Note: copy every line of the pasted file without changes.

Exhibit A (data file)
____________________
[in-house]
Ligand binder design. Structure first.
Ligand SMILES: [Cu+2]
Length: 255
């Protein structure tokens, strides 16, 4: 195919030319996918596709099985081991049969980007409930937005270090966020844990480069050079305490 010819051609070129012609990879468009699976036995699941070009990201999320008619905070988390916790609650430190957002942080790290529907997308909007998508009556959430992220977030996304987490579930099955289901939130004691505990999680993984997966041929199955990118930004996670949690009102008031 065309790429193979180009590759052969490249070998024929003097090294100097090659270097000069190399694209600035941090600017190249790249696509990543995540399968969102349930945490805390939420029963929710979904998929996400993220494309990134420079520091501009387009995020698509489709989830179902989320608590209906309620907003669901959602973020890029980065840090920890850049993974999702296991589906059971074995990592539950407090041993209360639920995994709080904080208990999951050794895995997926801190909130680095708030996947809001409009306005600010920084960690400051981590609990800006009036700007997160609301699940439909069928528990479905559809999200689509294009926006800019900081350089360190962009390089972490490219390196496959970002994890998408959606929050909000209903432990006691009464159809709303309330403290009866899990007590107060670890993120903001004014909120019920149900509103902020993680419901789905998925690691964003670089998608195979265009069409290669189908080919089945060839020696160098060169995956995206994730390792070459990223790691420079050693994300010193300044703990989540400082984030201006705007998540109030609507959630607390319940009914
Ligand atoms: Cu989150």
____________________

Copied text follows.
[in-house]
Ligand binder design. Structure first.
Ligand SMILES: [Cu+2]
Length: 255
């Protein structure tokens, strides 16, 4: 195919030319996918596709099985081991049969980007409930937005270090966020844990480069050079305490 010819051609070129012609990879468009699976036995699941070009990201999320008619905070988390916790609650430190957002942080790290529907997308909007998508009556959430992220977030996304987490579930099955289901939130004691505990999680993984997966041929199955990118930004996670949690009102008031 065309790429193979180009590759052969490249070998024929003097090294100097090659270097000069190399694209600035941090600017190249790249696509990543995540399968969102349930945490805390939420029963929710979904998929996400993220494309990134420079520091501009387009995020698509489709989830179902989320608590209906309620907003669901959602973020890029980065840090920890850049993974999702296991589906059971074995990592539950407090041993209360639920995994709080904080208990999951050794895995997926801190909130680095708030996947809001409009306005600010920084960690400051981590609990800006009036700007997160609301699940439909069928528990479905559809999200689509294009926006800019900081350089360190962009390089972490490219390196496959970002994890998408959606929050909000209903432990006691009464159809709303309330403290009866899990007590107060670890993120903001004014909120019920149900509103902020993680419901789905998925690691964003670089998608195979265009069409290669189908080919089945060839020696160098060169995956995206994730390792070459990223790691420079050693994300010193300044703990989540400082984030201006705007998540109030609507959630607390319940009914
Ligand atoms: Cu989150």